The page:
Transparency: The Key to Avoiding P&G’s $140 Million Ad Waste

CMOs and their marketing staffs are under an increasing amount of pressure from the C-suite to perform at a higher level and add to the bottom line. At the same time, marketing budgets are on the decline. According to Gartner’s 2017/2018 CMO spend survey, marketing budgets have declined to 11.3% of the average company’s revenue from the 2016/2017 peak of 12.1%. The implication is clear: the inability to directly tie marketing expenditures with the bottom line has CFOs cutting marketing spend.

CMOs have long-faced big issues demonstrating direct, tangible results of their efforts, and even digital efforts are coming under fire. This summer, for example, P&G slashed digital advertising budgets by $140 million. According to P&G, it “temporarily restricted spending in digital forums where our ads were not being placed according to our standards and specifications.” Additionally, CFO Jon Moeller noted there was a broader effort to eliminate “a significant amount of waste” in the digital media supply chain, according to Adweek.

Not to overstate the obvious, but strategic planning – supported by exceptional execution – is the key to increasing ROI and proving marketing can produce tangible results. In addition, the ability to be objective and transparent are equally essential.

Think about how difficult it is to admit you are moving in the wrong direction; and you cannot always rely on your support staff to see or tell you the truth. Employees and vendor partners are working incredibly hard to report positive results for campaigns and prove their worth. And we all know numbers can be interpreted multiple ways.

Three Pillars of Strategic Planning Success

Regardless of the challenges, there are ways to achieve objectivity and transparency and enhance your strategic planning process.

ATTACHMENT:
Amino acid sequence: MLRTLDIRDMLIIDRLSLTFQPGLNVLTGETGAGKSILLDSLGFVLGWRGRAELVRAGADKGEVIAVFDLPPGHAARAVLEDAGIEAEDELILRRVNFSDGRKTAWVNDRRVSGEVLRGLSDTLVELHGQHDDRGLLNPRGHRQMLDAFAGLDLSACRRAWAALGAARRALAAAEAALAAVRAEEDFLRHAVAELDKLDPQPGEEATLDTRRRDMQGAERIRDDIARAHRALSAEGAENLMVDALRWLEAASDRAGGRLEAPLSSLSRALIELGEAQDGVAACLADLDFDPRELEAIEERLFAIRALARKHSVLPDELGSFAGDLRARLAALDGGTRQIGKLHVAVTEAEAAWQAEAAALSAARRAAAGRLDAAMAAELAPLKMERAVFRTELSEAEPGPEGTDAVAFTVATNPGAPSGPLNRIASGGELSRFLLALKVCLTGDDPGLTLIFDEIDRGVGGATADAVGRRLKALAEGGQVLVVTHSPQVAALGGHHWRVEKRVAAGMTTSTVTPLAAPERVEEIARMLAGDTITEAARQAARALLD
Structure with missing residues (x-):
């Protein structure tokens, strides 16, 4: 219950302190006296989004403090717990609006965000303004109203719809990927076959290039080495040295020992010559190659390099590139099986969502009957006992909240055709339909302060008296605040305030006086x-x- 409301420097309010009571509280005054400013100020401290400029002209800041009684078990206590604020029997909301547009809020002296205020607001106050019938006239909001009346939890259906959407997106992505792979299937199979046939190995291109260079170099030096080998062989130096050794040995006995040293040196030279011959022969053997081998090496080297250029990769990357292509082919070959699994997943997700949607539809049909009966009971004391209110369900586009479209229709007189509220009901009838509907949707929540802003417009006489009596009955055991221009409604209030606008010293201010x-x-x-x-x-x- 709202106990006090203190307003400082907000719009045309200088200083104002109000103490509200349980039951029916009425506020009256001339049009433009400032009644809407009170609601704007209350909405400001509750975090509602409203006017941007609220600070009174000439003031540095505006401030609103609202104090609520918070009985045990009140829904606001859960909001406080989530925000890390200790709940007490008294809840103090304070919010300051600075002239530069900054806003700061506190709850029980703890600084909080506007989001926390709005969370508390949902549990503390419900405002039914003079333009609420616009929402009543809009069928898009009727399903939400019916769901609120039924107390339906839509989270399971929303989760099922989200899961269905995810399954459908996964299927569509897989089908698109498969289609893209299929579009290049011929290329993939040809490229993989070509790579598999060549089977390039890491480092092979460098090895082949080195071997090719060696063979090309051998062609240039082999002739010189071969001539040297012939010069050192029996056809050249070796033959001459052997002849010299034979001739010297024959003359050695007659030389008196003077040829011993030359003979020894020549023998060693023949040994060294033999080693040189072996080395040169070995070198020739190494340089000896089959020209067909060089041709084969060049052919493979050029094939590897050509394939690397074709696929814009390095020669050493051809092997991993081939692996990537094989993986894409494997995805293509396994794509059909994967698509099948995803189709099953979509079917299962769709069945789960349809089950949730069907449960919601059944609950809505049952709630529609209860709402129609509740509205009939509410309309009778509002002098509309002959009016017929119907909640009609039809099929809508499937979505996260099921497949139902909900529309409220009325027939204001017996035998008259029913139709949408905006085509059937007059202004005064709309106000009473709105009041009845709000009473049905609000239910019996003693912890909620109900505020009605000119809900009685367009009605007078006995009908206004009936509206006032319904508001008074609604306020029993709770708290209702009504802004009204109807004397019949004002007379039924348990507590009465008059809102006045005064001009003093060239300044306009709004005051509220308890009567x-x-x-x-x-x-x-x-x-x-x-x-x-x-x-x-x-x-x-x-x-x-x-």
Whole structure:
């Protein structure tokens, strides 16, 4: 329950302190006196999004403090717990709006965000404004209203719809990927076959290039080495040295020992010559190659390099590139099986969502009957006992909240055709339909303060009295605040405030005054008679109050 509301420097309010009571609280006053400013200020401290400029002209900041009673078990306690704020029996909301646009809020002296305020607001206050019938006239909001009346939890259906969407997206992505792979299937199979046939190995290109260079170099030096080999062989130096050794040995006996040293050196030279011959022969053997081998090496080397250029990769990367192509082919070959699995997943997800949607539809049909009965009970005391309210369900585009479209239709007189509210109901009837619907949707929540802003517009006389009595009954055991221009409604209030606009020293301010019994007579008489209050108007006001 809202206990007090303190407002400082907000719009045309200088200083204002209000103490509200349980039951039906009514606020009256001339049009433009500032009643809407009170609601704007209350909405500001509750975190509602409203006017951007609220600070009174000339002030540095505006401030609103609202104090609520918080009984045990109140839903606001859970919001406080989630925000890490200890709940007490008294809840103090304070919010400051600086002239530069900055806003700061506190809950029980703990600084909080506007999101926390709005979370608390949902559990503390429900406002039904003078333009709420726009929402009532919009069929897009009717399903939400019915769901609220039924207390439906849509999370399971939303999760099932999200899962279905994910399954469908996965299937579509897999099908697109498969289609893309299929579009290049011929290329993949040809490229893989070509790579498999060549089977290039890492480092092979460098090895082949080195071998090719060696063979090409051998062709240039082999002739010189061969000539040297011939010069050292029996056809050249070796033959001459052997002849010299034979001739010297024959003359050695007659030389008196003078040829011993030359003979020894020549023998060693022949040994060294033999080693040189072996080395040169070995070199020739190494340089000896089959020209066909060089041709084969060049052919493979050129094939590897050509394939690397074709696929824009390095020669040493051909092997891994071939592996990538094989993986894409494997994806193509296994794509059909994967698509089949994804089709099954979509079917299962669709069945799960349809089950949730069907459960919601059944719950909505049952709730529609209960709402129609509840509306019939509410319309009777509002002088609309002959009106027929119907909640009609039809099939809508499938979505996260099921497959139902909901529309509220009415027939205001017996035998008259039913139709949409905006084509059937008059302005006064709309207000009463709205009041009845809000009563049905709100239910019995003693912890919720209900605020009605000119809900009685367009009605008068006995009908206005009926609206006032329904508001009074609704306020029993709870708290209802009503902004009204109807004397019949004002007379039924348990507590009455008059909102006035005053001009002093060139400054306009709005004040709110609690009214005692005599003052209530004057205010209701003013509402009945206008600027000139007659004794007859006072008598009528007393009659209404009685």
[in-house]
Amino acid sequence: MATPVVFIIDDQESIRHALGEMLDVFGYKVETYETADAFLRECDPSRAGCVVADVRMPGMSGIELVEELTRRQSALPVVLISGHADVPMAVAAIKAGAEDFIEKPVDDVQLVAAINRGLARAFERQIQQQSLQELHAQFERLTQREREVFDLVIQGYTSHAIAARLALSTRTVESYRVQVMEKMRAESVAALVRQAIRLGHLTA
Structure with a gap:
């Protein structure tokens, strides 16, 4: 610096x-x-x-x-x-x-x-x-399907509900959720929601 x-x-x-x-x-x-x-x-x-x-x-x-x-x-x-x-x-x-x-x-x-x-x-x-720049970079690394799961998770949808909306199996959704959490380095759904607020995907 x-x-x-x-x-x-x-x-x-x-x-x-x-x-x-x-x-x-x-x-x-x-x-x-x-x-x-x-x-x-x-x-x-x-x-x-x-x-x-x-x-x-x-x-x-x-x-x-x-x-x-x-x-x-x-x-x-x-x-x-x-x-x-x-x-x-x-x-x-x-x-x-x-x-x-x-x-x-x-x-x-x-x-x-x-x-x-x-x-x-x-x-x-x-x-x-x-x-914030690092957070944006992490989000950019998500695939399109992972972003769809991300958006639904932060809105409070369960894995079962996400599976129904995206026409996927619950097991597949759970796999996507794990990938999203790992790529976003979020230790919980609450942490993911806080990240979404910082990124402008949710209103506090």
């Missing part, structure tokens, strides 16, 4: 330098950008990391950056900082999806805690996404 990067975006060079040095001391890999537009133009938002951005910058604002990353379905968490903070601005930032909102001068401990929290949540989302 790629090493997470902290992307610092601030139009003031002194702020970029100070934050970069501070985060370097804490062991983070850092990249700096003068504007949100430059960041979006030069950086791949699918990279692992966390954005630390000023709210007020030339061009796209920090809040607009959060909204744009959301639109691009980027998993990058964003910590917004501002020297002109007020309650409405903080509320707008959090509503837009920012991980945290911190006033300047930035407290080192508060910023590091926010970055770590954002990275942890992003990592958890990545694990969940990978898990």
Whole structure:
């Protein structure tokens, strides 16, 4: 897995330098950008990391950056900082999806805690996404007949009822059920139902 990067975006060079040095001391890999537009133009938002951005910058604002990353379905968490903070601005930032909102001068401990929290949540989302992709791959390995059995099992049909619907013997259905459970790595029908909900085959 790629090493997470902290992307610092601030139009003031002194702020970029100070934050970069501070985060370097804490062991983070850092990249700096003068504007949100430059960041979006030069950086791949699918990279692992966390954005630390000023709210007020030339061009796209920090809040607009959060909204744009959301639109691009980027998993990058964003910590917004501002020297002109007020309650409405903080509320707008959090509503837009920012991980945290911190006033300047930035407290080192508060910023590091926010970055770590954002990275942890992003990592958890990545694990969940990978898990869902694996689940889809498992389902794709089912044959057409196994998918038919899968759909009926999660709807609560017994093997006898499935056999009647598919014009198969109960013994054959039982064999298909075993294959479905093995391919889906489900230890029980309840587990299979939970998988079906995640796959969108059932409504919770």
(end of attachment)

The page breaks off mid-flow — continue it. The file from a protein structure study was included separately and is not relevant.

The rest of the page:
1. When evaluating the results and ROI of past campaigns, encourage employees and vendors to share the true state of campaigns. If they know the results are not directly correlated to their KPIs at least for this exercise, they will likely be more willing to objectively report data and assessments. Keep the focus on applying results from past campaigns to develop best practices, and apply learning to enhance future campaigns. Every day is a new opportunity to make progress.

2. Ask your employees and vendors a lot of questions. Ensure everyone clearly understands the strategies, the expected results and how that data is being reported. As an example, I again reference P&G’s biggest concern with programmatic ad buying – invalid traffic where bots rather than humans click on websites. It is estimated the loss in ad spend due to ad fraud was $7.2 billion last year, and it is projected to reach $16.4 billion in 2017. Clearly more questions need to be asked as to where and how marketing dollars are being spent… and what tangible results they are delivering.

3. Use an agency or consultant partner to support your strategic planning process. They can provide objectivity throughout the entire planning process – from reviewing data to developing and refining strategies, and assessing results. An agency or consultant is in a unique position to provide an unbiased assessment of what is working and what is not. Additionally, they typically are not influenced by internal politics and past campaigns.

CFOs expect their marketing counterparts to be good stewards of the company’s budgets – regardless of their size. Achieving transparency and objectivity in the strategic planning and assessment processes is key to developing and executing marketing initiatives that get results… and support the bottom line.

For more than 31 years, Sweeney has supported strategic marketing plan development from annual marketing plans to campaigns, product launches, grand openings and more. Contact me at to learn more.

Jennifer Manocchio


After starting her career with Edelman in Chicago, Jennifer joined Sweeney and quickly established herself as an exceptional industry innovator. In 2004, she opened Sweeney’s first full-service office outside of Cleveland and quickly rose through the ranks to become agency president. Jen leads by example and without fear. She has been critical to agency growth throughout the past decade and continues to lead the agency into the future.